Getting introduced to the affluentArticle added by Bill Cates on April 29, 2010
Bill Cates

Bill Cates

Silver Spring , MD

Joined: October 13, 2006

My Company

Referral Coach

One aspect of growing a practice and attracting affluent clients that is often overlooked is maximizing the connection between your referral source and the new prospect. Unfortunately, too many advisors settle for what we call suggestions. With a suggestion, your referral source (client or center of influence) has given a referral (hopefully more than one), contact information, and some information about your new prospect. But with a suggestion, your referral source makes no effort to communicate with the prospect before you do. Some call this a "referred lead."

While there is nothing wrong with a referred lead when trying to reach affluent clients, it's usually not enough. You often need to get introduced. I teach two levels of introductions.

Level one introduction

Level one introduction is where your client makes some contact with the prospect, to either let them know that you'll be calling, or to get permission from them for you to call.

This type of introduction is usually the minimum of what it takes to catch the attention of the affluent. Of course, the strength of the relationship between the referral source and the prospect is also a key component here. The stronger the relationship, the easier it will be to gain your new prospect's attention.

Level two introduction

A level two introduction is a face-to-face introduction. Nothing can beat the power of being introduced to a new prospect over lunch, a round of golf, or in some other social setting. In this case, you build rapport (and maybe even a bit of trust) with the new prospect and you earn the right to call them later and ask for an appointment. If you have a client and prospect who plays golf, pick up the greens fees and they'll follow you anywhere. If you want more time with them, play a public course (golf humor).

Getting introduced

So, how do you get an introduction? Simple. Just ask. Seriously, whether you ask a client for a referral or it's volunteered to you, you want to learn as much as you can about the prospect. Then, ask your client, "How would you like to introduce me to George? What's the best way for us to get connected?" When a client thinks of someone you might be able to help, you want to get their collaboration in making sure you get connected.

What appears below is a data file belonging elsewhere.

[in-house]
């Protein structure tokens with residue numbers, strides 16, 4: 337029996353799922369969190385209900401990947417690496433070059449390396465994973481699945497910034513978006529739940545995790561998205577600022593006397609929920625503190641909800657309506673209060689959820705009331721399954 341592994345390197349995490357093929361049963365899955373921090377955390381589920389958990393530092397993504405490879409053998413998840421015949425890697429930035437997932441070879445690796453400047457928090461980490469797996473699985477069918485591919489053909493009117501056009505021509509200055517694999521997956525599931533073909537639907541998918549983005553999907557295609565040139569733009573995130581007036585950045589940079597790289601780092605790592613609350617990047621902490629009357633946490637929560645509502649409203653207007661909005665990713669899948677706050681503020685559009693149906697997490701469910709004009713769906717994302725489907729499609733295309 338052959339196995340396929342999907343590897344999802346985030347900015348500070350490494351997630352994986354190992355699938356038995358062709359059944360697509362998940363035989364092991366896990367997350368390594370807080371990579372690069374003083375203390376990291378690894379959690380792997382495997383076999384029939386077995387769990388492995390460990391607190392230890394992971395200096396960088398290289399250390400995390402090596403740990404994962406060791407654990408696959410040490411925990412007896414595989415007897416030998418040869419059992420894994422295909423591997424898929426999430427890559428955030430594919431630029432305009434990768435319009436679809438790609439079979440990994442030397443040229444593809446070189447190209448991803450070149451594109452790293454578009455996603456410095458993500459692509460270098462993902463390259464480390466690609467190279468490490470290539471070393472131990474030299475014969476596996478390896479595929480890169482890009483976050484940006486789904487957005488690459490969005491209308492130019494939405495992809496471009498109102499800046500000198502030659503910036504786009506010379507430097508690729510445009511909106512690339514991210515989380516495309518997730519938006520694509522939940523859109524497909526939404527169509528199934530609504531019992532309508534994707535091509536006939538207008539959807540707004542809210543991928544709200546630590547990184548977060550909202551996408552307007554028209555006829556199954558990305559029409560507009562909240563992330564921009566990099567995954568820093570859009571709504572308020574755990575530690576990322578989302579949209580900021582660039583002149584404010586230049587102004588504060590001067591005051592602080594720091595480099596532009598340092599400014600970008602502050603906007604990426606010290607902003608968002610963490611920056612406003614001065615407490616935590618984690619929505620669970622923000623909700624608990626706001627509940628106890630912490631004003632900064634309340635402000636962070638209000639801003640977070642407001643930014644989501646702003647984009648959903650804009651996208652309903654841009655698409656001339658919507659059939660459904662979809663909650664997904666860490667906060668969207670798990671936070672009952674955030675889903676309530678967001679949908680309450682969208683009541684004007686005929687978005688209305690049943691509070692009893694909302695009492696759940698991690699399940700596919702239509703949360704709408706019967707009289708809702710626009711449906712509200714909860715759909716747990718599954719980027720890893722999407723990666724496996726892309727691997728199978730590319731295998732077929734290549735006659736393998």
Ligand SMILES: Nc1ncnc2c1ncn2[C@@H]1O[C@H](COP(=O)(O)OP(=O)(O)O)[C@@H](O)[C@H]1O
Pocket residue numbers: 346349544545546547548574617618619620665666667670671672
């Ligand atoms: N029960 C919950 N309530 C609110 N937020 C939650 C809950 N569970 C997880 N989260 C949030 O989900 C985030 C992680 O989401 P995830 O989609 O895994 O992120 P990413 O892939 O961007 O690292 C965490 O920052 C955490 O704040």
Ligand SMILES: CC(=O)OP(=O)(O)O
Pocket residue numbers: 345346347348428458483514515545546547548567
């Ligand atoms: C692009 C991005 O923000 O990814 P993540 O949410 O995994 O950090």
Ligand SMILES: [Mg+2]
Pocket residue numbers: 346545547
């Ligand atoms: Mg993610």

Of course, you can always suggest a method of connection: "Bob, why don't I take you and George to lunch at the club and you can introduce us in person?" or "Bob, why don't I take you and George out for a round of golf? What do you think?" Since your client has already thought of someone they want to help with the work you do, suggesting this kind of introduction is a logical next step. The worse thing they can say is, "That's okay. Just call him. Mention my name and he'll take your call."

Get introduced via e-mail

Many financial professionals are getting introduced to affluent prospects via e-mail. It's a very efficient way to get introduced. It's simple for your client to do, and effective for you. Your client sends the e-mail to their friend and copies you. You know the e-mail has been sent and you follow up with your own e-mail requesting a quick phone call in the coming days.

What would such an e-mail sound like? Here's an example: "George, I wanted you to know about this financial guy I've been working with recently. His name is Bill Cates. He's a really sharp financial advisor. He's shown me stuff my last guy didn't even know about. I've taken the liberty of giving him your contact information. Do yourself a favor, spend five minutes with him on the phone. He's very low-key, so if you're not interested, he won't pester you. If you're looking for a fresh look at your investments and other financial planning stuff, he's the guy. By the way, when are we going to have that lunch you owe me? "

Of course, your clients will write their e-mail introductions in their own style. Some reps I work with have created two or three templates they e-mail to their clients to help them formulate their own. Not a bad idea.

If you want to meet more affluent clients, you have to be introduced. Make the commitment to building a referral-based business and then get introduced to your new prospects.

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